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Parents, students protest Camden school district to demand adequate funding for books and supplies

A South Jersey grassroots group organized a protest to demand better funding for Camden schools and local control of the district.

A group of protesters are demonstrating in front of the administrative offices for the Camden school district. They want more funding for traditional public schools and local control.
A group of protesters are demonstrating in front of the administrative offices for the Camden school district. They want more funding for traditional public schools and local control.Read moreMelanie Burney

Students in Camden's public schools are without laptops, textbooks, and sometimes even paper because school funding is inadequate, said students and parents who gathered for a protest at the superintendent's office Tuesday afternoon.

"The whole system is corrupt. Public schools don't have enough," chanted nearly a dozen people from New Jersey Communities United, a grassroots group that has been fighting for more money and local control of the city school district that has been under state control since 2013. Holding signs and sleeping bags — with plans to camp overnight if necessary  — the group arrived about 2:30 p.m. and demanded to speak with an administrator.

They first attempted to enter the locked administration building on Cambridge Street in Cramer Hill. A security officer would not allow them inside. A Camden County Metro Police officer arrived about 75 minutes later as the group was still chanting and waiting to hear whether the district's deputy superintendent, Katrina McCombs, would come speak with them.

The officer kept a presence, but did not prevent the group from protesting. McCombs had left to pick up her children, but the group was told she would return for an impromptu meeting. She arrived at 4:45 p.m, and met inside the building with three students and an organizer.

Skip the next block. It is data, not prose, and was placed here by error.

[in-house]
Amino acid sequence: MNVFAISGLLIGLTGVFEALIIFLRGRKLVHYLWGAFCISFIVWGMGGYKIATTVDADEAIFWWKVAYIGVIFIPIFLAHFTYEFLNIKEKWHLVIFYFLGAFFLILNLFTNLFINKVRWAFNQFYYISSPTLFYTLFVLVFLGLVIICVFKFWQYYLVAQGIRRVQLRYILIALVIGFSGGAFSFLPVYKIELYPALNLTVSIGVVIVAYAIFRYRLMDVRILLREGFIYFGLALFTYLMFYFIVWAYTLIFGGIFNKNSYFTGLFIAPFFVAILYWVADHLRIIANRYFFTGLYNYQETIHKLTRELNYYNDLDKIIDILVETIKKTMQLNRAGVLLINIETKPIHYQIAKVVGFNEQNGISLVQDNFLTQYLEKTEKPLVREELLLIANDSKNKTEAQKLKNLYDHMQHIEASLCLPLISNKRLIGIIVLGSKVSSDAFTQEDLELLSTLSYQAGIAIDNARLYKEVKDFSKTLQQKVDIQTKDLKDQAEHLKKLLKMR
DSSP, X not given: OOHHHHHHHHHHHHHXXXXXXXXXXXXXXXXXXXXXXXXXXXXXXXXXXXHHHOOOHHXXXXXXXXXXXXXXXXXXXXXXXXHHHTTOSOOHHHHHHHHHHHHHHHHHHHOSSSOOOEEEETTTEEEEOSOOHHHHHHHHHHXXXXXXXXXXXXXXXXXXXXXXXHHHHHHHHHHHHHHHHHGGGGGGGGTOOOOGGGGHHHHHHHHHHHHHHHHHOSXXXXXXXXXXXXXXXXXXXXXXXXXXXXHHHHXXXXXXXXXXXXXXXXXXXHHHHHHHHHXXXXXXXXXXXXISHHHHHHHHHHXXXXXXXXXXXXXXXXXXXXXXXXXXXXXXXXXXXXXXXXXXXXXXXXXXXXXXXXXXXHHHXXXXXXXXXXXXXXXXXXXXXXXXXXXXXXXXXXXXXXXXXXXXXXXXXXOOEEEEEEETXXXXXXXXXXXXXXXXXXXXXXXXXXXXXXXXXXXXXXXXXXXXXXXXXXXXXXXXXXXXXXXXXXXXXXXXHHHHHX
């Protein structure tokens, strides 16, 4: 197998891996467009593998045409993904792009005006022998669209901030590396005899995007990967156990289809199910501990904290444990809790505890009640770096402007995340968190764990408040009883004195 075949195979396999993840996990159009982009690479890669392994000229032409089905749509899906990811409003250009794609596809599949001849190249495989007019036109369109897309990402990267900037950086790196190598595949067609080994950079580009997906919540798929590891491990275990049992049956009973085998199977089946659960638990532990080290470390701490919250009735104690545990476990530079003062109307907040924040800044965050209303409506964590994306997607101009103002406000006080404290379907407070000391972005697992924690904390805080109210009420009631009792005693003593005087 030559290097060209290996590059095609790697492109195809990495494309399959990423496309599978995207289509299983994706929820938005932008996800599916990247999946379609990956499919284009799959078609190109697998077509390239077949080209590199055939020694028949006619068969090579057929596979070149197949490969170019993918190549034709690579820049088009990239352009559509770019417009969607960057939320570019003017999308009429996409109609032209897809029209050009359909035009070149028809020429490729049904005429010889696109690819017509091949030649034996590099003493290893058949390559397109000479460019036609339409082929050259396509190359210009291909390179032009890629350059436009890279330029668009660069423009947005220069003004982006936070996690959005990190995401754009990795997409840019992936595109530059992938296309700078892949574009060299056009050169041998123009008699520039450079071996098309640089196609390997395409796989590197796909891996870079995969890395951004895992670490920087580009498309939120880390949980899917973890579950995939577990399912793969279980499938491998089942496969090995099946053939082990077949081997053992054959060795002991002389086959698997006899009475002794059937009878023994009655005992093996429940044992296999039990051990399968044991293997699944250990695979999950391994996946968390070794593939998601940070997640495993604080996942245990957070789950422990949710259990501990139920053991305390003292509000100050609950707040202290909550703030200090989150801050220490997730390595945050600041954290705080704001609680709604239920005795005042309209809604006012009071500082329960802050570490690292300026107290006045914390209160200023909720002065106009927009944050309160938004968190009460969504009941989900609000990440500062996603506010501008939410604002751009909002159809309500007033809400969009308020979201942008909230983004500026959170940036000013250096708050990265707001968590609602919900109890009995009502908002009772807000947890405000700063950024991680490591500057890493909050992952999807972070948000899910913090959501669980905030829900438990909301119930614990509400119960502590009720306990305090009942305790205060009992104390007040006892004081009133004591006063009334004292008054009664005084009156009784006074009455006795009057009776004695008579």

The meeting dragged on for several hours when the students and organizer Roger Folklorico refused to leave McCombs' office until their demand was met: a meeting with Gov. Murphy to discuss an end to the state takeover of the Camden schools.

At the request of the organizers, a pizza was sent by a police officer inside the  building. The students were sending text messages to demonstrators camped outside with snacks, cases of water and soda, and sleeping bags.

District officials contacted the students' parents and asked them to persuade their children to end the protest, said district spokeswoman Maita Soukup.

Shortly after 8 p.m., the group voluntarily walked out, chanting, "students united will never be divided."

"They told my Mom I was going to be arrested," said Belmaris Garcia-Gomez, 17.

"You made your point," Folklorico told the group. "We just have to keep up the pressure."

The five students who attended the demonstration were from one of the city's magnet schools, Creative Arts High School.

"I'm here to make a change in my city, a change for the better," said sophomore Quanahz Adams, 16. "Public schools are suffering."

The group blames a lack of funding on state officials.

Dava Salas, a parent representative with New Jersey Communities United said the charter and Renaissance schools are not held to the same standards. They hire inexperienced teachers, including some who are still attending college and who lack state certification, she said.